The already complicated Syrian civil war got a lot more muddled this week with divisions widening between manly Sunni rebel fighters and political exiles and with Syrian Kurds declaring self-rule—all of which is casting doubt on the relevance of the Obama administration’s efforts to get the warring parties to enter peace talks to end the 32-month long conflict.
A declaration by Syrian Kurds of a provisional regional government for Syria’s northeastern Kurdish areas has infuriated the mainly Sunni rebels battling to overthrow President Bashar al-Assad. They accuse the Syrian Kurds of being in league with Assad, an allegation being leveled also by Turkey’s leaders, who see an autonomous Kurdish region in Syria as perilous for them, too.
The announcement of self-rule from the Kurds came after Kurdish militias seized another group of villages this week in northeastern Syria from jihadists, adding to an impressive few weeks of territorial gains. Kurdish activists say the victories in Hassaka province against al Qaeda-affiliated groups by the Democratic Union Party (PYD), a sister group of Turkey’s long-running separatist Kurdistan Workers Party, and the consolidating of their hold on Kurdish-majority towns is allowing them now to declare provisional self-rule. About 10 percent of the Syrian population is Kurdish.
Syria’s main Western-backed opposition alliance, the Syrian National Council, now describes the Kurds as hostile, accusing them of being in cahoots with Assad. Until now, the Sunni-dominated rebel opposition has been careful to avoid antagonizing the Kurds and the SNC named a secular Kurd as its leader this year.
“The PYD is a group hostile to the Syrian revolution,” the SNC said in a statement yesterday, paving the way for Free Syrian Army units to join jihadists in fighting the Kurds.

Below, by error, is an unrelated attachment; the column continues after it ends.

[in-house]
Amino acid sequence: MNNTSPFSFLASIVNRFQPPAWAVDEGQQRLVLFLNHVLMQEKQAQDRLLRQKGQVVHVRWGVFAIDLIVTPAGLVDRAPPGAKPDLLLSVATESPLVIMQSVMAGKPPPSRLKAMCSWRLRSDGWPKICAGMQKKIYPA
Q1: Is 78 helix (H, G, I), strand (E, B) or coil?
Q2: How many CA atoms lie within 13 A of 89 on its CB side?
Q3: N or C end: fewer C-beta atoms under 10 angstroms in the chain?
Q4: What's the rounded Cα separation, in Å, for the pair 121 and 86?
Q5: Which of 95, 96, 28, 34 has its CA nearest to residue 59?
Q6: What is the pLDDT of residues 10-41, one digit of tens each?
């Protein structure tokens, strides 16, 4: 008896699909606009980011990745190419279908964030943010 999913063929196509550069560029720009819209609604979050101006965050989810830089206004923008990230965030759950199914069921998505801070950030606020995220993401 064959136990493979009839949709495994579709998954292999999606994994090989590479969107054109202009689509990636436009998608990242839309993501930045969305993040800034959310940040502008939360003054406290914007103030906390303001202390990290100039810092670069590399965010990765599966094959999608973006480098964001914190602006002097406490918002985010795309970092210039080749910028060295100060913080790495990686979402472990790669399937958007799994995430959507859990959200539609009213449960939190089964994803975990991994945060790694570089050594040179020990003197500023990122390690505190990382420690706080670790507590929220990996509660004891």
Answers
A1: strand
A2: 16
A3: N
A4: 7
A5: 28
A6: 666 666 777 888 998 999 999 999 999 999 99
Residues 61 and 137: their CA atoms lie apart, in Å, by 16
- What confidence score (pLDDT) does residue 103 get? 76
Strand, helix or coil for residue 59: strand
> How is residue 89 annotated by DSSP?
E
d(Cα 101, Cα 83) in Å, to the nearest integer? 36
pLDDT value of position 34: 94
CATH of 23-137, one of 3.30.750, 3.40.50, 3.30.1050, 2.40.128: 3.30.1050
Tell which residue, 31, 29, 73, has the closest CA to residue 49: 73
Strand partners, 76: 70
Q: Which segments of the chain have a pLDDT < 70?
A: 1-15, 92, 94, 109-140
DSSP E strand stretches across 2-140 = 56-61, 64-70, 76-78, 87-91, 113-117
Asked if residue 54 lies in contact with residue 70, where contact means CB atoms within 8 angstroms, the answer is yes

The SNC added: “Its declaration of self-rule amounts to a separatist act shattering any relationship with the Syrian people who are battling to achieve a free, united and independent state.”
The Kurds say they support the rebellion against Assad but they have not been engaged in battles with the Syrian President’s forces since the army withdrew from Kurdish areas in the early months of the civil war. They have long held the goal of carving out an autonomous region in northeastern Syria along the lines of what the Kurds enjoy in northern Iraq.
In an interview with The Daily Beast, Saleh Muslim, head of the PYD dismissed the accusation of a tie-up between Assad and his party as “untrue.” ‘They are saying this because they want to use us for their aims and we won’t do that. They have been supporting jihadists and Islamists fighting us. We don’t have any contact with Assad.”
Syria’s main Western-backed opposition alliance, the Syrian National Council, now describes the Kurds as hostile, accusing them of being in cahoots with Assad.
In reference to his own series of imprisonments by Assad from 2003 until he fled in 2010 to neighboring Iraq, the 62-year-old PYD leader said: “We were fighting Assad long before them.”
As accusations were hurled back and forth over the Kurdish declaration, resentment simmered among Islamist rebels about the willingness now of the SNC, a grouping of mainly political exiles, to attend Geneva peace talks if they get off the ground. The SNC not only announced it would be prepared to participate in talks provided certain stipulations are met but outlined a partial cabinet of its own to administer rebel-held territory, mainly in the north of the war-battered country.